LIFE IS SWEET

Content -3
Quality
None Light Moderate Heavy
Language        
Violence        
Sex        
Nudity        

Release Date: October 25, 1991

Starring: Alison Steadman (Wendy), Jim Broadbent (Andy), Timothy Spall (Aubrey), Claire Skinner (Natalie), & Jane Horrocks (Nicola).

Genre: Comedy

Audience: Adults

Rating: Not submitted to MPAA

Runtime: 109 minutes

Distributor: October Films

Director: Mike Leigh

Executive Producer:

Producer: Mike Leigh

Writer: Simon Channing-Williams

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Content:

(LLL, NN, SSS, M, B) 40 obscenities and profanities, female nudity, graphic fornication, an aphrodisiac, lewd behavior, sexual advances, and bulemia overshadow a positive portrayal of the work ethic, a pro-life stance on abortion and strong maternal love.

Summary:

LIFE IS SWEET is a slice-of-life film about a working class British family that sticks together amidst hard times. One daughter is a fowl-mouthed youth who fornicates and practices bulemia. Mom's pro-life stance on abortion and selfless love for her family are overshadowed by the film's offensive language, explicit nudity and fornication.

Review:

LIFE IS SWEET is a slice-of-life film about a working class British family. The dad, Andy, is an industrious worker who dreams of making it with his catering truck. His optimistic wife, Wendy, holds several jobs to make ends meet. Together, they parent twin teenagers: Natalie and Nicola. Natalie is a plumber who dreams about visiting America. Nicola is a problem child who loafs around the house. Too lazy to work, Nicola is a fowl-mouthed youth who sleeps with her boyfriend and practices bulemia. In an argument with Nicola, Wendy remarks that although she and her husband were not ready for children, abortion was not an alternative because she had two precious lives inside of her.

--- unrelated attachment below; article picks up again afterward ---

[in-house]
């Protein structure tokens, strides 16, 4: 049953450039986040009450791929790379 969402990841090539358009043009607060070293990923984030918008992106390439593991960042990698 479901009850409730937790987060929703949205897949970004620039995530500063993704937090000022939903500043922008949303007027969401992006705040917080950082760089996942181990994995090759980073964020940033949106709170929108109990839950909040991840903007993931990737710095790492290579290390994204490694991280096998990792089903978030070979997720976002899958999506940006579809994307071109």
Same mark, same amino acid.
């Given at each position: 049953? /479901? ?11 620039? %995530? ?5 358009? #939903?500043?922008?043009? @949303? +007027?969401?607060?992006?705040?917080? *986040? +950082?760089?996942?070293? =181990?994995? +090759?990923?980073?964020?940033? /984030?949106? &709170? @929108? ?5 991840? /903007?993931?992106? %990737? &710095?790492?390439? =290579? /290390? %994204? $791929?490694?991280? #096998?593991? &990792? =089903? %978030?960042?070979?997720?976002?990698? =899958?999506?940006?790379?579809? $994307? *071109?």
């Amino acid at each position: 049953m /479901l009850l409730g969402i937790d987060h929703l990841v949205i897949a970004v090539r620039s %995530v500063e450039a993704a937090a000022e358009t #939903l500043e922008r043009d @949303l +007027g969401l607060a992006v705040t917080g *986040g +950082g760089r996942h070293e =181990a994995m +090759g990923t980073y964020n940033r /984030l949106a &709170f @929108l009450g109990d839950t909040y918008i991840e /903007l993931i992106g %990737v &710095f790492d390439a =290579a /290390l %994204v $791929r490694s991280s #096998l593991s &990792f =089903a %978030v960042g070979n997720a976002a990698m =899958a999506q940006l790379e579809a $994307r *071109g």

The script for LIFE IS SWEET was written after months of improvisation by the actors. As a result, the movie does not move forcefully to a conclusion. At best, LIFE IS SWEET spotlights a family that sticks together amidst hard times and a mother who cherishes her children. LIFE IS SWEET affirms that life, with all of its happy and sad times, is worth living to the fullest. Regrettably, offensive language, explicit nudity and fornication overshadow the good points in the film.

In Brief: